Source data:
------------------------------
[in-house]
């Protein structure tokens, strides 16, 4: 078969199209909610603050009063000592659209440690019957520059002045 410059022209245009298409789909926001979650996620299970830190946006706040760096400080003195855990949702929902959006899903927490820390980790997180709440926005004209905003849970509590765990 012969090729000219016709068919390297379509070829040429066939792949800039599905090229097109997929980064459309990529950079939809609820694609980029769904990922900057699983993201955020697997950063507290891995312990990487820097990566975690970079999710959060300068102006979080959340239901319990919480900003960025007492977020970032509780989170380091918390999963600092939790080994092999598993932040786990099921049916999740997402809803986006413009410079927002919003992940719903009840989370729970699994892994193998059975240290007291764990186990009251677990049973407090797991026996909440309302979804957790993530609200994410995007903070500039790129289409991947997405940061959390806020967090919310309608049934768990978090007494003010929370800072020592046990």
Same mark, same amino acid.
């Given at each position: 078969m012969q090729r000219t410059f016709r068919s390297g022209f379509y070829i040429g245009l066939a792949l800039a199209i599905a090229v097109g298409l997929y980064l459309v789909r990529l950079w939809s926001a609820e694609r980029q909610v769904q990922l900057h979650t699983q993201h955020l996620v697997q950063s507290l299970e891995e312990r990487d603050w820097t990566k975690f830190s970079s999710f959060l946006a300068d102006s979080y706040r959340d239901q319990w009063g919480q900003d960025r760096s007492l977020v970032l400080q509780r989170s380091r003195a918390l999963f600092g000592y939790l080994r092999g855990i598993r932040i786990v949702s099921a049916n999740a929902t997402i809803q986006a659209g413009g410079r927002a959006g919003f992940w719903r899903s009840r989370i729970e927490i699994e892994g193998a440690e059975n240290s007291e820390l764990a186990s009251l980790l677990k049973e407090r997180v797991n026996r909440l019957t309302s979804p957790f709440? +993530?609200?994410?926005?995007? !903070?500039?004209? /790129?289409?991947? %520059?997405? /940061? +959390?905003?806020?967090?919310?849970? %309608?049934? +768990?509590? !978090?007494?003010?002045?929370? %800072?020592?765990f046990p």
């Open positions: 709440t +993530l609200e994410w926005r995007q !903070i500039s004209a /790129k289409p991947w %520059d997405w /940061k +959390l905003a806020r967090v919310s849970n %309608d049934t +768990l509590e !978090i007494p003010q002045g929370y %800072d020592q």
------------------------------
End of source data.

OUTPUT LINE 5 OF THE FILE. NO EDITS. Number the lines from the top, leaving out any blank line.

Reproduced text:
């Open positions: 709440t +993530l609200e994410w926005r995007q !903070i500039s004209a /790129k289409p991947w %520059d997405w /940061k +959390l905003a806020r967090v919310s849970n %309608d049934t +768990l509590e !978090i007494p003010q002045g929370y %800072d020592q």